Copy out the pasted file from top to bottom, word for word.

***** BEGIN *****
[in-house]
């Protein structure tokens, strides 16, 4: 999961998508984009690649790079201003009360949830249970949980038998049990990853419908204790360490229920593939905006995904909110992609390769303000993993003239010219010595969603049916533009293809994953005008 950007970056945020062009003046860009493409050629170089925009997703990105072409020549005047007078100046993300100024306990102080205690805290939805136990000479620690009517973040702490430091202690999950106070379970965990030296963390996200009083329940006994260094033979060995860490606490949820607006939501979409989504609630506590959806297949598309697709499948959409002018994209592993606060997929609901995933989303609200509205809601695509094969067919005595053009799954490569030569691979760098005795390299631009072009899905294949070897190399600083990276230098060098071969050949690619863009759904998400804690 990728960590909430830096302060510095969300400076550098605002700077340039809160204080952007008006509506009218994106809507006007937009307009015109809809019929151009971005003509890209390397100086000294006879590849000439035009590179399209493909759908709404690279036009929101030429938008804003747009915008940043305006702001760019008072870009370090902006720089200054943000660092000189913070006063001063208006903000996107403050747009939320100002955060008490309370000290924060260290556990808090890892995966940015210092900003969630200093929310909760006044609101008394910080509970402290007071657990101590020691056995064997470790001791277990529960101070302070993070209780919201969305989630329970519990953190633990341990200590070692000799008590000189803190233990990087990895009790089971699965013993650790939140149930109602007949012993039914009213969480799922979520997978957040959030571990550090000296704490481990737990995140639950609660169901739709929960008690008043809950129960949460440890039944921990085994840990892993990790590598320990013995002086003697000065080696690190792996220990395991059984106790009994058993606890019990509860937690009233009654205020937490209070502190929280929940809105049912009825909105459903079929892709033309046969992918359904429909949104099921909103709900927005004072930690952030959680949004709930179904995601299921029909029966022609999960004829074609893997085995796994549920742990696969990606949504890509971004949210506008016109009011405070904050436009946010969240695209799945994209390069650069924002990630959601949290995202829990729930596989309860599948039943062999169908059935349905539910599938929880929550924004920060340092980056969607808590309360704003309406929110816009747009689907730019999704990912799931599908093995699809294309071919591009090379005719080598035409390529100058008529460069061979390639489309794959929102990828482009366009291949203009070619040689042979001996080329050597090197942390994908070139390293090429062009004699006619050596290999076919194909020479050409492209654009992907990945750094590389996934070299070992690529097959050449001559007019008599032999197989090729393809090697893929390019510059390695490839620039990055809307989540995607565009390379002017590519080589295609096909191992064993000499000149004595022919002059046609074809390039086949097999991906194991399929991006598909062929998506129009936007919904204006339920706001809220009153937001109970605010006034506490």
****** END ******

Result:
[in-house]
């Protein structure tokens, strides 16, 4: 999961998508984009690649790079201003009360949830249970949980038998049990990853419908204790360490229920593939905006995904909110992609390769303000993993003239010219010595969603049916533009293809994953005008 950007970056945020062009003046860009493409050629170089925009997703990105072409020549005047007078100046993300100024306990102080205690805290939805136990000479620690009517973040702490430091202690999950106070379970965990030296963390996200009083329940006994260094033979060995860490606490949820607006939501979409989504609630506590959806297949598309697709499948959409002018994209592993606060997929609901995933989303609200509205809601695509094969067919005595053009799954490569030569691979760098005795390299631009072009899905294949070897190399600083990276230098060098071969050949690619863009759904998400804690 990728960590909430830096302060510095969300400076550098605002700077340039809160204080952007008006509506009218994106809507006007937009307009015109809809019929151009971005003509890209390397100086000294006879590849000439035009590179399209493909759908709404690279036009929101030429938008804003747009915008940043305006702001760019008072870009370090902006720089200054943000660092000189913070006063001063208006903000996107403050747009939320100002955060008490309370000290924060260290556990808090890892995966940015210092900003969630200093929310909760006044609101008394910080509970402290007071657990101590020691056995064997470790001791277990529960101070302070993070209780919201969305989630329970519990953190633990341990200590070692000799008590000189803190233990990087990895009790089971699965013993650790939140149930109602007949012993039914009213969480799922979520997978957040959030571990550090000296704490481990737990995140639950609660169901739709929960008690008043809950129960949460440890039944921990085994840990892993990790590598320990013995002086003697000065080696690190792996220990395991059984106790009994058993606890019990509860937690009233009654205020937490209070502190929280929940809105049912009825909105459903079929892709033309046969992918359904429909949104099921909103709900927005004072930690952030959680949004709930179904995601299921029909029966022609999960004829074609893997085995796994549920742990696969990606949504890509971004949210506008016109009011405070904050436009946010969240695209799945994209390069650069924002990630959601949290995202829990729930596989309860599948039943062999169908059935349905539910599938929880929550924004920060340092980056969607808590309360704003309406929110816009747009689907730019999704990912799931599908093995699809294309071919591009090379005719080598035409390529100058008529460069061979390639489309794959929102990828482009366009291949203009070619040689042979001996080329050597090197942390994908070139390293090429062009004699006619050596290999076919194909020479050409492209654009992907990945750094590389996934070299070992690529097959050449001559007019008599032999197989090729393809090697893929390019510059390695490839620039990055809307989540995607565009390379002017590519080589295609096909191992064993000499000149004595022919002059046609074809390039086949097999991906194991399929991006598909062929998506129009936007919904204006339920706001809220009153937001109970605010006034506490």